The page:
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Rain slaps against my face, and I claw at the hood of my jacket, struggling to pull it lower over my exposed forehead. The pothole-ridden sidewalk is filled with pools of water, and I leap from ridge to ridge in an attempt to avoid completely drenching my already-wet sneakers. There’s no one else walking these streets, and those in the cars that speed by are probably too empathetic to laugh at my dance-like movements. December has arrived, and with it, the Midwest has turned a dreary grey.

As I move further from campus, the collection of fast-food joints and big box stores gives way to the remnants of a once-vibrant city center. Large homes line the street, but their exteriors are dilapidated and their lawns are unkempt, suggesting that much has changed since their construction. Long blades of grass are fighting their way through cracks in several of the driveways. It’s been years since families called these buildings home.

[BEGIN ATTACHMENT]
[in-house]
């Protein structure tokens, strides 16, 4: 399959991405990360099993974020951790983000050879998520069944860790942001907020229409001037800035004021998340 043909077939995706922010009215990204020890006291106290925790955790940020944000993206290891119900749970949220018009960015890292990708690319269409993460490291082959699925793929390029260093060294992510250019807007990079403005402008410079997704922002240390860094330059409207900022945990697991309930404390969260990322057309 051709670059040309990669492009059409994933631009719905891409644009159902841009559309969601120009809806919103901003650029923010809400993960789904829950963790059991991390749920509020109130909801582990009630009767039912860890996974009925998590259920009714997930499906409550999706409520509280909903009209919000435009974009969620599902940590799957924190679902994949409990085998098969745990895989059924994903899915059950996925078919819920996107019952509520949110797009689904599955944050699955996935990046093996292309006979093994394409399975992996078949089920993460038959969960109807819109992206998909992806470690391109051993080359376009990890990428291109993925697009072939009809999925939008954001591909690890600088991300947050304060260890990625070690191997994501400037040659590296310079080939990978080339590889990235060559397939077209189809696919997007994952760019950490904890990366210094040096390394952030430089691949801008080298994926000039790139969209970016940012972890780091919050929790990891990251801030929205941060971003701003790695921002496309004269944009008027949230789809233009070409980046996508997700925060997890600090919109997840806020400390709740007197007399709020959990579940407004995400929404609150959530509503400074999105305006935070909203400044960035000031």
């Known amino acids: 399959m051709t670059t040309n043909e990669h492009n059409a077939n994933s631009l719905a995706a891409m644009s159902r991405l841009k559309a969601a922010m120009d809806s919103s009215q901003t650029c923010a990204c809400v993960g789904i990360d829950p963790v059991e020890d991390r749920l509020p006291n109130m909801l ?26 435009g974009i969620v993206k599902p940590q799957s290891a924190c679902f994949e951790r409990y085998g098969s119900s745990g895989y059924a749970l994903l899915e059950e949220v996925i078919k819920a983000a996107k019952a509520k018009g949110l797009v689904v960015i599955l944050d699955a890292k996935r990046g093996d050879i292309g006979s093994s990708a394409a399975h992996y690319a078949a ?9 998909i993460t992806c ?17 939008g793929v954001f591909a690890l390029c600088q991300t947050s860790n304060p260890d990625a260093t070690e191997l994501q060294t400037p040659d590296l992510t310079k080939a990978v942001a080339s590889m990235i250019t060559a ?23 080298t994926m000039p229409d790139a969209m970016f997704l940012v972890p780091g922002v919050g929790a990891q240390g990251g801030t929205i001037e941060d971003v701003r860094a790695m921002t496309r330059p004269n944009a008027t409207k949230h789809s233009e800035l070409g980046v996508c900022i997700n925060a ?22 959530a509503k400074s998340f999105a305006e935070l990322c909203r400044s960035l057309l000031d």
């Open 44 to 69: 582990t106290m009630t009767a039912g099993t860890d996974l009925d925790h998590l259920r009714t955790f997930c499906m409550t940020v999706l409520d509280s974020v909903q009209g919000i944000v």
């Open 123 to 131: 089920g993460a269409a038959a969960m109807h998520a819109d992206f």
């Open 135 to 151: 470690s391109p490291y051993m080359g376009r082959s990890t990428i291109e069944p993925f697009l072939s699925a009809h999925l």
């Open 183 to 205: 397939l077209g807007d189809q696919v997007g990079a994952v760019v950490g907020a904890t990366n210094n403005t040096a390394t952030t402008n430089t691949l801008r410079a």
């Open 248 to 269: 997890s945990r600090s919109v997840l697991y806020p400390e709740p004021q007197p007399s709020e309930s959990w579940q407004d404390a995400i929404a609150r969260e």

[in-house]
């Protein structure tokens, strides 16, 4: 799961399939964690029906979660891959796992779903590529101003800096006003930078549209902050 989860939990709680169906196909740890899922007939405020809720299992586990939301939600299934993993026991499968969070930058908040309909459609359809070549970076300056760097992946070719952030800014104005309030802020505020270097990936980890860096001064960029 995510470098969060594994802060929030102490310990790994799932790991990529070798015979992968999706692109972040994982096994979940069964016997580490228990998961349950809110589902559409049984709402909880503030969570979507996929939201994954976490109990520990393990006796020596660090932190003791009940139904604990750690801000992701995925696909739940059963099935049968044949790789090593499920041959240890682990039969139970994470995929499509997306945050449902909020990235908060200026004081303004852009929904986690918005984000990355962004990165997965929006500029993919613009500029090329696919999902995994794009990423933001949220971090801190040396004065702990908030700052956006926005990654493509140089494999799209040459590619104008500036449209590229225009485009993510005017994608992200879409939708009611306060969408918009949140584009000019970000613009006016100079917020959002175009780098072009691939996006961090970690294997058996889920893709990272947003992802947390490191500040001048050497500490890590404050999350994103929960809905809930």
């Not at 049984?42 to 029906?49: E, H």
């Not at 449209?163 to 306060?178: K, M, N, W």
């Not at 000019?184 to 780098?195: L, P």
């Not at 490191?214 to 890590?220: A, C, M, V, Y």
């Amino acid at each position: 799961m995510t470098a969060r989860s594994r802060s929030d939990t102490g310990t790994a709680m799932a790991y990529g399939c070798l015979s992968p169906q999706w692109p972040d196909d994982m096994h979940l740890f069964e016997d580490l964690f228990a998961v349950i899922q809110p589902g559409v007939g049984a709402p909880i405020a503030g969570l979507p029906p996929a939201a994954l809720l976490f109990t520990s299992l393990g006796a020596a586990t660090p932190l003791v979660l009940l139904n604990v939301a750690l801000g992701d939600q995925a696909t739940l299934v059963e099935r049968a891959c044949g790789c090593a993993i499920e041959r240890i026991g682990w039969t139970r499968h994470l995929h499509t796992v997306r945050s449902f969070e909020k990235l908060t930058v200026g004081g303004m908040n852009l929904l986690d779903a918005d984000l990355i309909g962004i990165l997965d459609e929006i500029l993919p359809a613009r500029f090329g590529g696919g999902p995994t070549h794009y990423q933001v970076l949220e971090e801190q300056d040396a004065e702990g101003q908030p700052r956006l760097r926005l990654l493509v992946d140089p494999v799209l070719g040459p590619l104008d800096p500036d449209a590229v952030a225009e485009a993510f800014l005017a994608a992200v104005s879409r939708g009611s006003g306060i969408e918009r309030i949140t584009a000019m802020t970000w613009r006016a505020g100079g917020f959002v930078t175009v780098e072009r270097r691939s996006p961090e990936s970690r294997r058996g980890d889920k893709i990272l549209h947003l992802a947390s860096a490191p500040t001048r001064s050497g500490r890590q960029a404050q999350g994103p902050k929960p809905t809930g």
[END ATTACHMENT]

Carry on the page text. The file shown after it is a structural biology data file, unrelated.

I crest a small hill and dart across the road onto Main Street. Multi-story buildings line each side of the street. Squint hard enough, and I can imagine a bustling downtown complete with movie theatres, department stores, and happening bars. But that was years ago. Now the dark buildings seem to blend into the grey sky around them. I slow to a walk as I head up the street.

A few restaurants and a delightful-looking cheesecake shop stand in contrast to the decay around me. Most of the buildings are at least partially vacant. The painted store-signs tell visitors more about what used to be there than any current enterprises. It must have been at least two decades since “SEARS” actually occupied the place that still bears the company’s name. The majority of the stores are antique shops, selling tangible reminders of the city’s once-prosperous past. To the north, I can see the outline of industrial buildings – a mill or factory maybe. Places that at one time employed thousands. On an overpass at the far end of the street, near the point where the road dead ends into a railroad station that transported hundreds of soldiers a day during the World War II years, a banner of Martin Luther King Jr. from the March on Washington proclaims: “I have a dream.” Life here may have changed when the last mill left town, but it did not stop.

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